1940 Chrysler New Yorker

1940 Chrysler New Yorker

Chrysler's attempt at offering a modern and aerodynamic vehicle with advanced styling during the mid-1930s was unsuccessful. While the Chrysler Airflow had witnessed limited sales, Ford's attempt was successful, with its Lincoln-Zephyr being very popular. Through the late 1930s, Chrysler went back to offering more conventional models.

Six and eight-cylinder models were offered in 1940 on wheelbase sizes of 122.5-, 128.5- 139.5-, and 143-inches. Both the six-cylinder Royal and Windsor were offered in standard and long-wheelbase lengths (122.5-inches and 139.5-inch respectively), and the Highlander added Scotch plaid and moleskin leather upholstery. Eight-cylinder Chryslers included the New Yorker, New Yorker Highlander, Saratoga, and the Traveler. These eight-cylinder models rested on the 128.5-inch wheelbase platform and had styling similar to the Chrysler Sixes with the addition of front fender parking lights and a slightly longer footprint.

Above the Chrysler Six and Eight-cylinder models was the Crown Imperial (C-27) Eight, resting on the stretched 143-inch wheelbase. The styling was similar to the other Chrysler models, and body styles that included a 6- and 8-passenger sedan, and a Parade Phaeton. Six-cylinder Chrysler's were priced from $900 to $1,350, the eight-cylinder Chrysler ranged from $1,100 to $1,450, and the top-of-the-line Crown Imperial sold for $2,350 to $2,450.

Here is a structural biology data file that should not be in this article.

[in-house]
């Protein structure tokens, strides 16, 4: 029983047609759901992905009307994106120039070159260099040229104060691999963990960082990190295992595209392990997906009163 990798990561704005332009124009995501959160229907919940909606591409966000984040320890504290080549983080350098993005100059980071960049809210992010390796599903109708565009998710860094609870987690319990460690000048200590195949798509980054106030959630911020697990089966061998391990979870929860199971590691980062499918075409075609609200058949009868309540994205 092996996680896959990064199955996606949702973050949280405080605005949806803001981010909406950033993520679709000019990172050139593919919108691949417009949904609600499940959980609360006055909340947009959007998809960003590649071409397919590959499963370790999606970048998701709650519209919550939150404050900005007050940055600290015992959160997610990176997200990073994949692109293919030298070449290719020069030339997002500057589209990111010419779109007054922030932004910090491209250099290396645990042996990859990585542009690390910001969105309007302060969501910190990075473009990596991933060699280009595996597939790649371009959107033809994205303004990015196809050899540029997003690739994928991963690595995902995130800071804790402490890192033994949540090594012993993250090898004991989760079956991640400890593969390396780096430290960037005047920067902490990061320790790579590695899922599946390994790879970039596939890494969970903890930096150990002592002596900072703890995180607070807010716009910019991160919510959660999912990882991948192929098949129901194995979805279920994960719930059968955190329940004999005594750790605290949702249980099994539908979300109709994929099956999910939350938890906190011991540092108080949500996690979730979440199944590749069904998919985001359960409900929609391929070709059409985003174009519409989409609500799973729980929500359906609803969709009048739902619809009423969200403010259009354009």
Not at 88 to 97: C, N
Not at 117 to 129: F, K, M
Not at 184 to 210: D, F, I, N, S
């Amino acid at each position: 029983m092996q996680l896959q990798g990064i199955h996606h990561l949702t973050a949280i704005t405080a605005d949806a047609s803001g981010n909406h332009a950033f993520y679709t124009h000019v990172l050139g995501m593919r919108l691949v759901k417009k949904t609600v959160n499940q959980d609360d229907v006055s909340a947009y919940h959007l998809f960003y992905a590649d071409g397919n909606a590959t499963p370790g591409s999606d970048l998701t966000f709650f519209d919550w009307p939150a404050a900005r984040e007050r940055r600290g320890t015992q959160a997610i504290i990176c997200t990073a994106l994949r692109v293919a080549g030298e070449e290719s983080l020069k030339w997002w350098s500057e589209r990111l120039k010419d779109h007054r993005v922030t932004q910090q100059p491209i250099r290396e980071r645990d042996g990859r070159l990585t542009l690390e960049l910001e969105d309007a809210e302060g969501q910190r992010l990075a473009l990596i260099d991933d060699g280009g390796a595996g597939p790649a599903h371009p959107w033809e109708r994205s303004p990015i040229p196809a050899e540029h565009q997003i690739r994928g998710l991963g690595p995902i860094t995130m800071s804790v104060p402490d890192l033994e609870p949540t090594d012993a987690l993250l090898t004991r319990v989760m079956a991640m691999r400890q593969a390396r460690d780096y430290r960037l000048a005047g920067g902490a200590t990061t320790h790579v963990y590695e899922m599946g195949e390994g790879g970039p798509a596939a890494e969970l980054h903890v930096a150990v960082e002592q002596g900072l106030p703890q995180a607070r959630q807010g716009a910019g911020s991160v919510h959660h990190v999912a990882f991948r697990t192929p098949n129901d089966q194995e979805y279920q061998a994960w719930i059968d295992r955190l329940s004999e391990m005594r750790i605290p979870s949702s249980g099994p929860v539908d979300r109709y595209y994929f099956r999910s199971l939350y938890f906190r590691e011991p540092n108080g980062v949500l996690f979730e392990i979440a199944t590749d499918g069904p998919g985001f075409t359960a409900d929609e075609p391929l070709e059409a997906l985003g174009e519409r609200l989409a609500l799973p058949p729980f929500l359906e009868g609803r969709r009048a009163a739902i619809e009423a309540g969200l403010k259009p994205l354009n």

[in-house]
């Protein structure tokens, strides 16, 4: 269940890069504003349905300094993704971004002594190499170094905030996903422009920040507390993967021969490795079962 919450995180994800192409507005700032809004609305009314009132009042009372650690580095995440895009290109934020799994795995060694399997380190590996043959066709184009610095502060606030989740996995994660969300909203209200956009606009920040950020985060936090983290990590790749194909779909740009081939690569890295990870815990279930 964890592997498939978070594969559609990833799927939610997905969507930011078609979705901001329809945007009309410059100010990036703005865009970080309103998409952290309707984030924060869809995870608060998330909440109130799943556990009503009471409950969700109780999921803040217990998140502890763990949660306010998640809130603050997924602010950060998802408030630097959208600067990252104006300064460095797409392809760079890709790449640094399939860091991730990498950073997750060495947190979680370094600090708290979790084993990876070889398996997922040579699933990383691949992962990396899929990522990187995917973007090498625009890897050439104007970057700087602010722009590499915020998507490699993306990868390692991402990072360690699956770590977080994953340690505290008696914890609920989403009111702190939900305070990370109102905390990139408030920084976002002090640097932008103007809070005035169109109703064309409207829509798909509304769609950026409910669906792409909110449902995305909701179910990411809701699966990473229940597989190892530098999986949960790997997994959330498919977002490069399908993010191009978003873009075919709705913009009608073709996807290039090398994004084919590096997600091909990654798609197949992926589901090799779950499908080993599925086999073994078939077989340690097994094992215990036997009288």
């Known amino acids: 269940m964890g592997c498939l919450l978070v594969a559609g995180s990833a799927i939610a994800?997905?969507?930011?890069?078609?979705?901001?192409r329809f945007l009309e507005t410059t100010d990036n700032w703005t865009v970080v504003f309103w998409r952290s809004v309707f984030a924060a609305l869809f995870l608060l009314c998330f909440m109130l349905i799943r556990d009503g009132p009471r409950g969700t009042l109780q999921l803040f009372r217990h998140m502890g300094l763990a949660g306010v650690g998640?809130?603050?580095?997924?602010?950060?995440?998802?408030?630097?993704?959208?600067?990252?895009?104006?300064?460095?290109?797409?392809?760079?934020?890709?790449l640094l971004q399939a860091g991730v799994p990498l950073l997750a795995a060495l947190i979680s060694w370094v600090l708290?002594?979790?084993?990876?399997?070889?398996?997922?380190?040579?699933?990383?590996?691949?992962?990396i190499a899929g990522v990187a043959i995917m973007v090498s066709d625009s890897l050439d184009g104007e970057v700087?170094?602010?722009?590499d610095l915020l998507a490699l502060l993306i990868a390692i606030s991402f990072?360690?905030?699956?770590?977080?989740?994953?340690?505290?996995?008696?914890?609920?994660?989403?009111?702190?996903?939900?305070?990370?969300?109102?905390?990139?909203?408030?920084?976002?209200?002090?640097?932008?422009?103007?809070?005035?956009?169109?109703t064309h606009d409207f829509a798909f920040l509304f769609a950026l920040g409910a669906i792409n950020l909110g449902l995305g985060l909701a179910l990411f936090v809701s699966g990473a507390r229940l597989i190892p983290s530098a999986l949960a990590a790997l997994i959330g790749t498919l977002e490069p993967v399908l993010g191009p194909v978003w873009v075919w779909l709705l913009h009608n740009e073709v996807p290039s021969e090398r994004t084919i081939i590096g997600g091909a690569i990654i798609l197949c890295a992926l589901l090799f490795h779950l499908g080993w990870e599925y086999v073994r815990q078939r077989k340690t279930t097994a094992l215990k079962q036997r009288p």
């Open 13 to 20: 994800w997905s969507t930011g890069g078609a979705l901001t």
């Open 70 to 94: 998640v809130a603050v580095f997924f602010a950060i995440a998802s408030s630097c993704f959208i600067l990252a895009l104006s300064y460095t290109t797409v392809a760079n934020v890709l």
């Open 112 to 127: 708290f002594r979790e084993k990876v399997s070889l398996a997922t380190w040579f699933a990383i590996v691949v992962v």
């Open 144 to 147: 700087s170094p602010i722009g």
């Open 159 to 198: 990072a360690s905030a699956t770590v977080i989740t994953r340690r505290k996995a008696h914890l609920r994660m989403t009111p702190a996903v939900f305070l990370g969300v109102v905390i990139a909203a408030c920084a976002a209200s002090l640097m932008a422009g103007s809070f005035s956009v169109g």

The six-cylinder engine displaced 241.5 cubic-inches and delivered 108 horsepower in standard form (112 hp with the optional higher compression ratio utilizing the 'Silver Dome' aluminum head). The 323.5 cubic-inch eight-cylinder engine had an L-head design, cast-iron block, six main bearings, solid valve lifters, and a Stromberg carburetor. It developed 135 horsepower at 3,400 RPM or 143 horsepower with the higher-compression setup. The C-27 Crown Imperial also used a 323.5 CID inline-8 with either 132 or 143 horsepower depending on the configuration. The engine was backed by a Fluid Drive transmission, while the other engines received a three-speed manual with synchromesh. Lockheed hydraulic brakes on all four wheels provided the stopping power.

The 1940 Chrysler New Yorker, powered by the eight-cylinder engine and resting on the 128.5-inch platform, was offered as a two-door coupe with seating for either three or six passengers, a convertible coupe, Victoria Sedan, and a Formal Sedan. Prices began at $1,175 for the three-passenger coupe and rose to $1,335 for the formal sedan. The New Yorker received an upgraded interior and Fluid Drive was optional.

The New Yorker Highlander was available as a six-passenger coupe priced at $1,260, a sedan at $1,285, and the convertible coupe.

Styling changes for the 1940 Chryslers included sealed beam headlights, large front fenders with recessed headlamps, and longer hoods. Although appearances were similar, models could be distinguished from their siblings by the model names appearing on each side of the hood near the front end. Standard equipment included Solar Spark ignition, dual sun visors, dual windshield wipers, dual taillights, and hydraulic brakes. Conventional running-boards were optional. Cars without the running boards had chromed trimmed rocker panels.